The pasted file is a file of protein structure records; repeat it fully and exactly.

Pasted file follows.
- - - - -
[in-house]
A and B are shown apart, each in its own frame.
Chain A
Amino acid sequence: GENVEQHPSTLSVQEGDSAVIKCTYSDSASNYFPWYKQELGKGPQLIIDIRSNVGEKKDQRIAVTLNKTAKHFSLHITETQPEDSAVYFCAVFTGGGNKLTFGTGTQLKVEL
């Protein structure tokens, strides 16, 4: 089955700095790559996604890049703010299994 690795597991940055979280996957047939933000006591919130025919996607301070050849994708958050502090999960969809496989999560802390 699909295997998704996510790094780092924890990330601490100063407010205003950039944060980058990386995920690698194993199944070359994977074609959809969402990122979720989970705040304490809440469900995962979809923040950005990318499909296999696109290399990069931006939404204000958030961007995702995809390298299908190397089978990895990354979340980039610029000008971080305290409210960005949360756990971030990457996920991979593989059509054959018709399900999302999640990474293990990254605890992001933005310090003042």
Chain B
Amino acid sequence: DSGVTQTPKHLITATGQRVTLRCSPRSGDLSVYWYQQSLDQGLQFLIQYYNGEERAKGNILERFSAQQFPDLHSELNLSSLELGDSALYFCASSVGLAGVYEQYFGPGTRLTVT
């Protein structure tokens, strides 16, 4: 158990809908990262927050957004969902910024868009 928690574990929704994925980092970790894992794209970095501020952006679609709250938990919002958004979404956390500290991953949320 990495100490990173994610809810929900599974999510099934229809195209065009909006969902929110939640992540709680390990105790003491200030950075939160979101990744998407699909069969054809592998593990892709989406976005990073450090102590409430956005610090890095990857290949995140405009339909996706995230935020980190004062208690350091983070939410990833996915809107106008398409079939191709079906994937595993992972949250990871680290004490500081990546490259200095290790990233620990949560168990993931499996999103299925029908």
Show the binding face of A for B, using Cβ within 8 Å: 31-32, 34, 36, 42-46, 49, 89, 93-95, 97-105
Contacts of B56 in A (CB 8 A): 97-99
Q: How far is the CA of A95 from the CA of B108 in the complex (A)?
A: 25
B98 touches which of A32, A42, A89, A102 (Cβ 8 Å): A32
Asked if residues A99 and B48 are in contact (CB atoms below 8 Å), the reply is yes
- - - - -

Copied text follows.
[in-house]
A and B are shown apart, each in its own frame.
Chain A
Amino acid sequence: GENVEQHPSTLSVQEGDSAVIKCTYSDSASNYFPWYKQELGKGPQLIIDIRSNVGEKKDQRIAVTLNKTAKHFSLHITETQPEDSAVYFCAVFTGGGNKLTFGTGTQLKVEL
């Protein structure tokens, strides 16, 4: 089955700095790559996604890049703010299994 690795597991940055979280996957047939933000006591919130025919996607301070050849994708958050502090999960969809496989999560802390 699909295997998704996510790094780092924890990330601490100063407010205003950039944060980058990386995920690698194993199944070359994977074609959809969402990122979720989970705040304490809440469900995962979809923040950005990318499909296999696109290399990069931006939404204000958030961007995702995809390298299908190397089978990895990354979340980039610029000008971080305290409210960005949360756990971030990457996920991979593989059509054959018709399900999302999640990474293990990254605890992001933005310090003042």
Chain B
Amino acid sequence: DSGVTQTPKHLITATGQRVTLRCSPRSGDLSVYWYQQSLDQGLQFLIQYYNGEERAKGNILERFSAQQFPDLHSELNLSSLELGDSALYFCASSVGLAGVYEQYFGPGTRLTVT
């Protein structure tokens, strides 16, 4: 158990809908990262927050957004969902910024868009 928690574990929704994925980092970790894992794209970095501020952006679609709250938990919002958004979404956390500290991953949320 990495100490990173994610809810929900599974999510099934229809195209065009909006969902929110939640992540709680390990105790003491200030950075939160979101990744998407699909069969054809592998593990892709989406976005990073450090102590409430956005610090890095990857290949995140405009339909996706995230935020980190004062208690350091983070939410990833996915809107106008398409079939191709079906994937595993992972949250990871680290004490500081990546490259200095290790990233620990949560168990993931499996999103299925029908």
Show the binding face of A for B, using Cβ within 8 Å: 31-32, 34, 36, 42-46, 49, 89, 93-95, 97-105
Contacts of B56 in A (CB 8 A): 97-99
Q: How far is the CA of A95 from the CA of B108 in the complex (A)?
A: 25
B98 touches which of A32, A42, A89, A102 (Cβ 8 Å): A32
Asked if residues A99 and B48 are in contact (CB atoms below 8 Å), the reply is yes